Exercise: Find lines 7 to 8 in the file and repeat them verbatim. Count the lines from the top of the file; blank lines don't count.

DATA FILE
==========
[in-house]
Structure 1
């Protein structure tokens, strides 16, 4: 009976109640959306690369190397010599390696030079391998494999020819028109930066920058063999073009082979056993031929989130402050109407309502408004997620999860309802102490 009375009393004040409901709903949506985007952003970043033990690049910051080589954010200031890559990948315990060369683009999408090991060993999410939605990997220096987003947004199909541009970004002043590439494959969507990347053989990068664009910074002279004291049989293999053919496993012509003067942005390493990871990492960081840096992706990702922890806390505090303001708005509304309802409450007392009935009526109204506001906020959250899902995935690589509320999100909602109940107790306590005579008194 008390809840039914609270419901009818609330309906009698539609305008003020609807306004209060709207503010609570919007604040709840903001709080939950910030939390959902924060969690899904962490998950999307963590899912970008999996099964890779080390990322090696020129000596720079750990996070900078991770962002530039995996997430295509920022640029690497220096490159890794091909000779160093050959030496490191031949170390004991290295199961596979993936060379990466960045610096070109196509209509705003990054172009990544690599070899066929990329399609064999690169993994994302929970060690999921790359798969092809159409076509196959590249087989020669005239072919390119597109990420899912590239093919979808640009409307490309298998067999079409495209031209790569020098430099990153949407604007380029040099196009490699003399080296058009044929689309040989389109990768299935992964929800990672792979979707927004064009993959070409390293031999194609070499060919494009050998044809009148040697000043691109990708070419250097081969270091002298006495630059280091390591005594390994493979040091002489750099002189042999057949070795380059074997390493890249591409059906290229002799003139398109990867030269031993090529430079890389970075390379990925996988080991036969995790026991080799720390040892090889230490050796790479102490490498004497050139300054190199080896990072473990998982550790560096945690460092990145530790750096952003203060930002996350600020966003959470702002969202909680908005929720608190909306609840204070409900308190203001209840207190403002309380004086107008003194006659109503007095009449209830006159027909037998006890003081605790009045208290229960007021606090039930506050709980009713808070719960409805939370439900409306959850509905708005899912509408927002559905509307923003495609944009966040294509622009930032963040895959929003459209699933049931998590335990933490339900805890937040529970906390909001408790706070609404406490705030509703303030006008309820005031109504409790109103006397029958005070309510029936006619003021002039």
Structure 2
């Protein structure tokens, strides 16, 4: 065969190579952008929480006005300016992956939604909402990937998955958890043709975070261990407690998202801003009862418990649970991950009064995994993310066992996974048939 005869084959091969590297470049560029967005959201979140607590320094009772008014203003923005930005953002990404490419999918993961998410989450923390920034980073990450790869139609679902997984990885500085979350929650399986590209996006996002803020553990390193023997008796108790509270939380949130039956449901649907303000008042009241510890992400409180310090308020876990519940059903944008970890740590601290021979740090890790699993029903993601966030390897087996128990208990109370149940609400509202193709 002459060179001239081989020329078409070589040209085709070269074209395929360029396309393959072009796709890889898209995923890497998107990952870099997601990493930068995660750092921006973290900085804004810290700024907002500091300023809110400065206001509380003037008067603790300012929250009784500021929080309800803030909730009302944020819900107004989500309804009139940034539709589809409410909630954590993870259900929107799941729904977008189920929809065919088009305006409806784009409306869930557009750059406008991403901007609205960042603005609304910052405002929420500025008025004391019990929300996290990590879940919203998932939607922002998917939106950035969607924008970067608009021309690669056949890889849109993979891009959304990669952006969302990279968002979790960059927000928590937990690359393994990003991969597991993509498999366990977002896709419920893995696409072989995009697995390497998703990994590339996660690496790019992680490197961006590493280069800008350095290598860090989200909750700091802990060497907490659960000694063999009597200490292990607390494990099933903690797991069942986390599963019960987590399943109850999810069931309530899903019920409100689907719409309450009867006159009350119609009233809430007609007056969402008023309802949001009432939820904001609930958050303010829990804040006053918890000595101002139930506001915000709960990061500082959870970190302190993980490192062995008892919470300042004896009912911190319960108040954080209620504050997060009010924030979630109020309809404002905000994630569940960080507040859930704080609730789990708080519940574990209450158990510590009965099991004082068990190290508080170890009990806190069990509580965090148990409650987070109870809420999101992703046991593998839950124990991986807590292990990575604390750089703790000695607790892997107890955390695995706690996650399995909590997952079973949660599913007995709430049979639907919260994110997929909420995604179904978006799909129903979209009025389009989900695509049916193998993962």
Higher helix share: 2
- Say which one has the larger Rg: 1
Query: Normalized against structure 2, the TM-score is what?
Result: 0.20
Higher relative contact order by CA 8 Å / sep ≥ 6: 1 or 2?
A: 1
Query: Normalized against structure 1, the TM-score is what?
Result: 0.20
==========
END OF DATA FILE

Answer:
- Say which one has the larger Rg: 1
Query: Normalized against structure 2, the TM-score is what?